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Mon December 18, 2006
This novel is sold as young-adult reading and is just that. There is no sex or unpleasant violence, and Eddie, like any twelve-year-old, is a combination of innocence and curiosity, with a road trip that speeds up the process of his maturation.
By Don Noble
The hero of Brent Davis's second novel is Eddie Kane, a twelve-year-old boy on Sand Mountain. Eddie's school is in Geraldine, his post office is in Albertville, and he kind of lives in between. Eddie has a passion for baseball and wants to spend the summer playing second base, but the folk of Sand Mountain in 1961 have two passions. Baseball is one, to be sure, especially the St. Louis Cardinals, but the other is music, country music, bluegrass, the string band.
"Music lives on Sand Mountain like nowhere else. Even today if you visit you'll find people in church playing guitars and mandolins, and when the weather starts getting warm in the spring you'll see family bands on front porches playing songs for their neighbors."
Music is in the air and soil of Sand Mountain and in Eddie Kane's blood. He is a prodigy, "the twelve-year-old terror of the five-string banjo." Eddie's uncles have a band, the Bragger Brothers, and they need a banjo player, to travel with them, on the road, all over the South. Although he is very young for this kind of adventure, Eddie's family agrees, because they need the money he will make. His dream of playing baseball will have to be deferred.
The band of five play one-nighters everywhere and they don't earn much. After most performances they move on immediately to the next one, taking turns driving?except for Eddie, sleeping in the car, and only occasionally staying in cheap rooming houses. There are too few showers, too few laundromats, and none of Mama's cooking, and Eddie, who starts out painfully shy with stage fright, becomes just tired and homesick. It is a tough life for a twelve-year-old, but as the band moves from VFW dance to Elks Club picnic to car lot grand opening, Eddie learns more in one summer than most boys would in five years.
During the summer of this novel, the civil rights movement in Alabama is just beginning. Driving into Montgomery, the band accidentally comes upon a small riot, as freedom riders are brutalized at the Greyhound station.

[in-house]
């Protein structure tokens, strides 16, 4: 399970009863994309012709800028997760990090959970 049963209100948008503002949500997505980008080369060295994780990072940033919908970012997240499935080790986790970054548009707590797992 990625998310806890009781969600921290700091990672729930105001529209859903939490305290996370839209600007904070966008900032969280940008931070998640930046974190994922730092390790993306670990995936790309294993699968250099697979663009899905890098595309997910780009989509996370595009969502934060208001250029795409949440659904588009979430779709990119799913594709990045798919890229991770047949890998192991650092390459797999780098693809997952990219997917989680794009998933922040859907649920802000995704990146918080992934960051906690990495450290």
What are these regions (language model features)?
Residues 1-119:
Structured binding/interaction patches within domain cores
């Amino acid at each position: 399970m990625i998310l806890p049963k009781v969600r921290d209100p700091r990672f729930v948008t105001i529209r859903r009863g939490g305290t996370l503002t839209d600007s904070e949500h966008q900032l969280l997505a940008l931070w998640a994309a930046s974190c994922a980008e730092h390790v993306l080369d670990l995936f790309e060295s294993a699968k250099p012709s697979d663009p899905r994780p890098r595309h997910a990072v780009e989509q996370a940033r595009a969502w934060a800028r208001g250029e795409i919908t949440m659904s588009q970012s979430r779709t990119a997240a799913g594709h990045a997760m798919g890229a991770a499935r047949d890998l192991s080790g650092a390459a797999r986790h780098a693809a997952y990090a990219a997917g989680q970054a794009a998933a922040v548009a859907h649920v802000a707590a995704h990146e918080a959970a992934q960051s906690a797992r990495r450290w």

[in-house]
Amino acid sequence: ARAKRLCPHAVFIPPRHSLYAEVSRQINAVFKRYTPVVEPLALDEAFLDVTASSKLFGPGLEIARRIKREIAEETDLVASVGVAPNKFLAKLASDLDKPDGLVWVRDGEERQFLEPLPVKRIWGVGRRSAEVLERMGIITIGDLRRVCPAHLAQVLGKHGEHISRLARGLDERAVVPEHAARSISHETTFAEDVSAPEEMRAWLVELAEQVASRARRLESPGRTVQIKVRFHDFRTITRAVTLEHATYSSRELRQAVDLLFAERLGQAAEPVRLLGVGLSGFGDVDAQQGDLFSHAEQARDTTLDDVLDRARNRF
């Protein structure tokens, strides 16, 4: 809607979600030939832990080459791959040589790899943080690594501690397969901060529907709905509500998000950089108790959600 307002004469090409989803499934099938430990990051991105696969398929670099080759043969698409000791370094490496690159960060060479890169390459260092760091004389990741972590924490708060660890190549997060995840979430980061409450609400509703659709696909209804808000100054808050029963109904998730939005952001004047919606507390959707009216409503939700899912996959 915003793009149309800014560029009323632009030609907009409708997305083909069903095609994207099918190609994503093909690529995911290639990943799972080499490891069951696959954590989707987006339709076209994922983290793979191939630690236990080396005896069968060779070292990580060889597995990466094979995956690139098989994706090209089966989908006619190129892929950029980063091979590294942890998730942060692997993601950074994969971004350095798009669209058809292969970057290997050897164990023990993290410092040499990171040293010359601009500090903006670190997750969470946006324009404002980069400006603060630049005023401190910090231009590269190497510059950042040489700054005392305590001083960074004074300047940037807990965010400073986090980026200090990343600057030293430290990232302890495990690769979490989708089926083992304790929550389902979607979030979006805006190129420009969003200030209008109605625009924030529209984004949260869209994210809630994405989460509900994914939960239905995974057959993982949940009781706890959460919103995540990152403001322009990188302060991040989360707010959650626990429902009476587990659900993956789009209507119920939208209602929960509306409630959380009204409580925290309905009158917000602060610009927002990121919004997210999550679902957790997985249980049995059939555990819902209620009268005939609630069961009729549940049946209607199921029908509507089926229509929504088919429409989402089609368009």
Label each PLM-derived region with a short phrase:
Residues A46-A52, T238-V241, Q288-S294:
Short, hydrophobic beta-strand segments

Later, when their car breaks down somewhere near the Florida panhandle, the talented mechanic who fixes it is a black man who had been with the Red Ball Express, the WWII segregated Negro unit that hauled ammunition and gas to Patton's tanks in France and Belgium and Germany. Eddie's uncles, white men from Sand Mountain, are not particularly advanced types, but upon hearing this, Uncle Berry, a vet, says: "I read once Eisenhower said we couldn't have won the war without the Red Ball Express."
While they are waitin for the car to be repaired, Eddie and the fiddle player, Murray, spend a little time at a black club, listening to music?the blues?that Eddie has never heard before.
Murray is a Yankee and a Jew and actually likes rock and roll, a new musical form that Berry, Byron, and Cecil, the other members of the band, view as one might an approaching plague. Elvis?"that pretty boy singer, what's his name?"?is on the horizon and seen as the devil. To African Americans, he's a musical thief; to white musicians, a threat. At this point, the Beatles and their cataclysmic effect on American music are not yet dreamed of in Alabama. If they had been, Berry, Byron, and Cecil would probably have performed a group hara-kiri.
This novel is sold as young-adult reading and is just that. There is no sex or unpleasant violence, and Eddie is a boy without vices who misses his mama. Like any twelve-year-old, he is a combination of innocence and curiosity, and this road trip speeds up the process of his maturation. It is amusing, or perhaps unsettling, to think of the difference in sophistication and experience between that 1961 twelve-year-old and a twelve-year-old in 2006, but that is another subject altogether.
Although Brent Davis's first novel also features a twelve-year-old boy, Duncan Worthy, Raising Kane is unlike Davis's first novel in many respects.
The Spelling Bee was a calm comedy in which a boy joins forces with Ruth Stetter, a sixty-four-year-old retired editor, to right the orthographic wrongs she sees about them. That is, they move around town at night correcting signs that read Kwik-Snak, Video Xpress, Dari Dandi, Stitches n' Stuf, Kopy Kat, Speedi Maid, U-Haul, and Kountry Mart. You get the picture?all the public misspellings and uglinesses that are helping to destroy, slowly, the English language. Ruth knows the difference between capital and capitol. She even knows how to use apostrophes, which would, in a civilized society, make her a national treasure.
I have long thought that The Spelling Bee would make a good Disney movie, and so would Raising Kane. The Spelling Bee is a more fully realized novel, with a longer, more complex plot, but either is good reading for literate people.
Don Noble's book reviews can be heard each Monday on Alabama Public Radio at 7:35 a.m. and 4:44 p.m. Recently retired as English professor at The University of Alabama, Don's specialties are Southern and American literature. Don also hosts Bookmark on Alabama Public Television.